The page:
—What is the relationship between slavery and sexism/racism/ableism/heteronormativity
etc?
—What do slave narratives tell us about the nature or wrongness of slavery or about the
rightness of emancipation?
—What is emancipation?
—Who can emancipate whom, when, and from what?
—Is emancipation all that is owed to slaves? Does the legacy of slavery and emancipation
require further action?

We welcome expressions of interest from graduate students, from junior researchers, and from established scholars. If you are interested in participating in this workshop, please submit, to both convenors, an abstract of 500-1000 words (or a complete paper), by Friday 31st May 2013. We will expect a full version of your paper on Emancipation Day, Thursday 1st August 2013. We hope this will give participants the opportunity to read the papers in advance and to give and receive more detailed feedback during the workshop.

Convenors:
Nathaniel Adam Tobias Coleman, natcole AT umich.edu
Simon Roberts-Thomson, serobertsthomson AT gmail.com

The Bloggies Disappoint

Sad to see this post by Bug Girl on Facebook this morning: “The webbies blog awards won by an anti-feminist blog and a climate change denier this year. ARG.” Best weblog overall was won by the climate change skeptic’s site Watts Up With That?  and the Cowardly Feminist was a finalist in best overall and also in best topical weblog. Especially frustrating to see Watts Up With That take the best science blog too. As Bug Girl comments, “There should be some actual, you know, science involved in that.”

(Correction: The Bloggies (http://2013.bloggi.es/) not the Webbies. Thanks to a reader for pointing that out.)

Don’t Buy Transphobia

Don’t Buy Transphobia is a campaign to force the Daily Hate Mail to change its transphobic ways by putting pressure on companies that advertise in its pages.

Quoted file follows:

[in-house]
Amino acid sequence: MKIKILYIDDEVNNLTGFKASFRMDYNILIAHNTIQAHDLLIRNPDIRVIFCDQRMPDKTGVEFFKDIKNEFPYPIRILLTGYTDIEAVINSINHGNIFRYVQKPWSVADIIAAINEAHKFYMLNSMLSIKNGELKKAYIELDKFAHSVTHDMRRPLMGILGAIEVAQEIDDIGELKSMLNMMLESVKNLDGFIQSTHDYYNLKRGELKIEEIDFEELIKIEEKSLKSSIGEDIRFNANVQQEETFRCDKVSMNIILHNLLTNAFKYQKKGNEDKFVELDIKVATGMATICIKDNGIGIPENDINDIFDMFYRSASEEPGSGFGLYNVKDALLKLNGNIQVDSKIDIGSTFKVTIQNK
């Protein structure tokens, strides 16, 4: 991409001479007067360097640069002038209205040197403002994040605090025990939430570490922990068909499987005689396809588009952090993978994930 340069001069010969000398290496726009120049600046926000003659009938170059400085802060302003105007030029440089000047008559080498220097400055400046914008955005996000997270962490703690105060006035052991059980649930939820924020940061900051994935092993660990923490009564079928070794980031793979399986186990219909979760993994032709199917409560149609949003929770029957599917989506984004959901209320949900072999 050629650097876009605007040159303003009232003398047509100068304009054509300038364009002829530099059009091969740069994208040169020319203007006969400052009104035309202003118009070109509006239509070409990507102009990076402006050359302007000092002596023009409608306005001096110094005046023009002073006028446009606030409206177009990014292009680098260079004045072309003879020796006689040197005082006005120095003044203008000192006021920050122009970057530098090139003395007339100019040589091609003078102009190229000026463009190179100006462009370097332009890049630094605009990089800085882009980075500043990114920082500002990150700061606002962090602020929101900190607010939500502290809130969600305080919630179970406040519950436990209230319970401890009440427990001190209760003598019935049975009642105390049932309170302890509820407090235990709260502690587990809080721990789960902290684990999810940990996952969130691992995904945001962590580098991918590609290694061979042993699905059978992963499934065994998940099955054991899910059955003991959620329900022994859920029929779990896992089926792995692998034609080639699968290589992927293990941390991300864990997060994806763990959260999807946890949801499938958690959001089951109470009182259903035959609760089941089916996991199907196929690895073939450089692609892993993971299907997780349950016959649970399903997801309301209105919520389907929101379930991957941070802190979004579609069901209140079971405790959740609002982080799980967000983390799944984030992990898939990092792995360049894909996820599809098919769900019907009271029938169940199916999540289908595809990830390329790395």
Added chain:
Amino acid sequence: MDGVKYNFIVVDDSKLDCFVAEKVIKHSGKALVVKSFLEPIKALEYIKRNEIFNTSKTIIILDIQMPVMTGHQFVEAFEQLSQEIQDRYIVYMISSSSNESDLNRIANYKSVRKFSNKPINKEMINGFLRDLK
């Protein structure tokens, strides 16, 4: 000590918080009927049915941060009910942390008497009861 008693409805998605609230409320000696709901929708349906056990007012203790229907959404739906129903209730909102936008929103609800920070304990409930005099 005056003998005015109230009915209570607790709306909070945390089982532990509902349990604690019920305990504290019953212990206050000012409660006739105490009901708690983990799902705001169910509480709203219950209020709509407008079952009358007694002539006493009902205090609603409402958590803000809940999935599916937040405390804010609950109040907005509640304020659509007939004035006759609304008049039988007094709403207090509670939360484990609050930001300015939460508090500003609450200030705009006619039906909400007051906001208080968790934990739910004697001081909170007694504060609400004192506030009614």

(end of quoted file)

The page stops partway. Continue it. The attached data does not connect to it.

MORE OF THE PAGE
For those who have not been keeping up with recent events, Lucy Meadows was a primary school teacher in Accrington, who was transitioning from male to female. The school were supportive, Lucy was just getting on with her life, but then the Press found out and hounded her until she killed herself. Chief amongst them was Richard ‘National Disgrace’ Littlejohn of the Daily Mail, whose column is one hate-filled rant after another – each one aimed at those the Daily Hate has deemed the enemies of Modern Britain (the LBQT community, immigrants, etc.).

If you’ve had enough of this, then don’t buy from companies that advertise in the Mail, and write to let them know why.

You can also sign the petition calling for Littlejohn’s dismissal here.

Baby denied NHS operation due to parents’ immigration status

A baby in Portsmouth has been denied operation on the NHS due to her parents’ immigration status. Sanika Ahmed suffered nerve damage in her arm during birth, and if the operation is not carried out within the next four weeks, her arm will be left paralysed. Her father was working in the UK legally until his work permit expired in 2009. Both parents are currently in the process of applying for leave to remain. The Royal National Orthopaedic Hospital in Middlesex say that the parents must pay for Sanika’s treatment, or wait until they have been granted leave to remain in the UK. If are not allowed to stay, the future for a girl with a paralysed arm in Bangladesh is not particularly bright. You can read more here.